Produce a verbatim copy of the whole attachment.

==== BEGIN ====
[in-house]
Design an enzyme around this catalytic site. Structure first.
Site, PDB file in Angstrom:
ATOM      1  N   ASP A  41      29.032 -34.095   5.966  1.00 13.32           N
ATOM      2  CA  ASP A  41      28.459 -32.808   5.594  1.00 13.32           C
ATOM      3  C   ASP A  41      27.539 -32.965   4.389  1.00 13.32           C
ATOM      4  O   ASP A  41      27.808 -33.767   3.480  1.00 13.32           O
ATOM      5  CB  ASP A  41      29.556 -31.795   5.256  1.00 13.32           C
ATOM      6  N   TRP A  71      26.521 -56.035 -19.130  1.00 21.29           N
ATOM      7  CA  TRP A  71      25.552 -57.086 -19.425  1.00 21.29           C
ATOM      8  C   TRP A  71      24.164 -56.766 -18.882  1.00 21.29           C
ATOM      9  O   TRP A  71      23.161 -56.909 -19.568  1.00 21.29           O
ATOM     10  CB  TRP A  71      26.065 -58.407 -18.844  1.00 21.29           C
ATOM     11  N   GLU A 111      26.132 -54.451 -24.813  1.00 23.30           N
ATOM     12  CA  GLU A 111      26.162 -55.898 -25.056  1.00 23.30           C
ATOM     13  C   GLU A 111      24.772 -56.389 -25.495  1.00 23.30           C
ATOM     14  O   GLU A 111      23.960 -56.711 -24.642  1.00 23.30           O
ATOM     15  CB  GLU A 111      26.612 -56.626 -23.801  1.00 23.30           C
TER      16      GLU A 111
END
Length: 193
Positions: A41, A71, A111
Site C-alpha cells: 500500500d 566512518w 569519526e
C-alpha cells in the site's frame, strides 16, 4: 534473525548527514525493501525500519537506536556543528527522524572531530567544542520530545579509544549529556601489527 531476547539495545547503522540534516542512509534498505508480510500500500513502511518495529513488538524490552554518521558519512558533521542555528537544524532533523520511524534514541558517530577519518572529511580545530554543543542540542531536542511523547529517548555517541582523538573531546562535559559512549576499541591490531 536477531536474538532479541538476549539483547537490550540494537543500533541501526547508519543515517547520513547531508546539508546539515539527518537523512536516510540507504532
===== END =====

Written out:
[in-house]
Design an enzyme around this catalytic site. Structure first.
Site, PDB file in Angstrom:
ATOM      1  N   ASP A  41      29.032 -34.095   5.966  1.00 13.32           N
ATOM      2  CA  ASP A  41      28.459 -32.808   5.594  1.00 13.32           C
ATOM      3  C   ASP A  41      27.539 -32.965   4.389  1.00 13.32           C
ATOM      4  O   ASP A  41      27.808 -33.767   3.480  1.00 13.32           O
ATOM      5  CB  ASP A  41      29.556 -31.795   5.256  1.00 13.32           C
ATOM      6  N   TRP A  71      26.521 -56.035 -19.130  1.00 21.29           N
ATOM      7  CA  TRP A  71      25.552 -57.086 -19.425  1.00 21.29           C
ATOM      8  C   TRP A  71      24.164 -56.766 -18.882  1.00 21.29           C
ATOM      9  O   TRP A  71      23.161 -56.909 -19.568  1.00 21.29           O
ATOM     10  CB  TRP A  71      26.065 -58.407 -18.844  1.00 21.29           C
ATOM     11  N   GLU A 111      26.132 -54.451 -24.813  1.00 23.30           N
ATOM     12  CA  GLU A 111      26.162 -55.898 -25.056  1.00 23.30           C
ATOM     13  C   GLU A 111      24.772 -56.389 -25.495  1.00 23.30           C
ATOM     14  O   GLU A 111      23.960 -56.711 -24.642  1.00 23.30           O
ATOM     15  CB  GLU A 111      26.612 -56.626 -23.801  1.00 23.30           C
TER      16      GLU A 111
END
Length: 193
Positions: A41, A71, A111
Site C-alpha cells: 500500500d 566512518w 569519526e
C-alpha cells in the site's frame, strides 16, 4: 534473525548527514525493501525500519537506536556543528527522524572531530567544542520530545579509544549529556601489527 531476547539495545547503522540534516542512509534498505508480510500500500513502511518495529513488538524490552554518521558519512558533521542555528537544524532533523520511524534514541558517530577519518572529511580545530554543543542540542531536542511523547529517548555517541582523538573531546562535559559512549576499541591490531 536477531536474538532479541538476549539483547537490550540494537543500533541501526547508519543515517547520513547531508546539508546539515539527518537523512536516510540507504532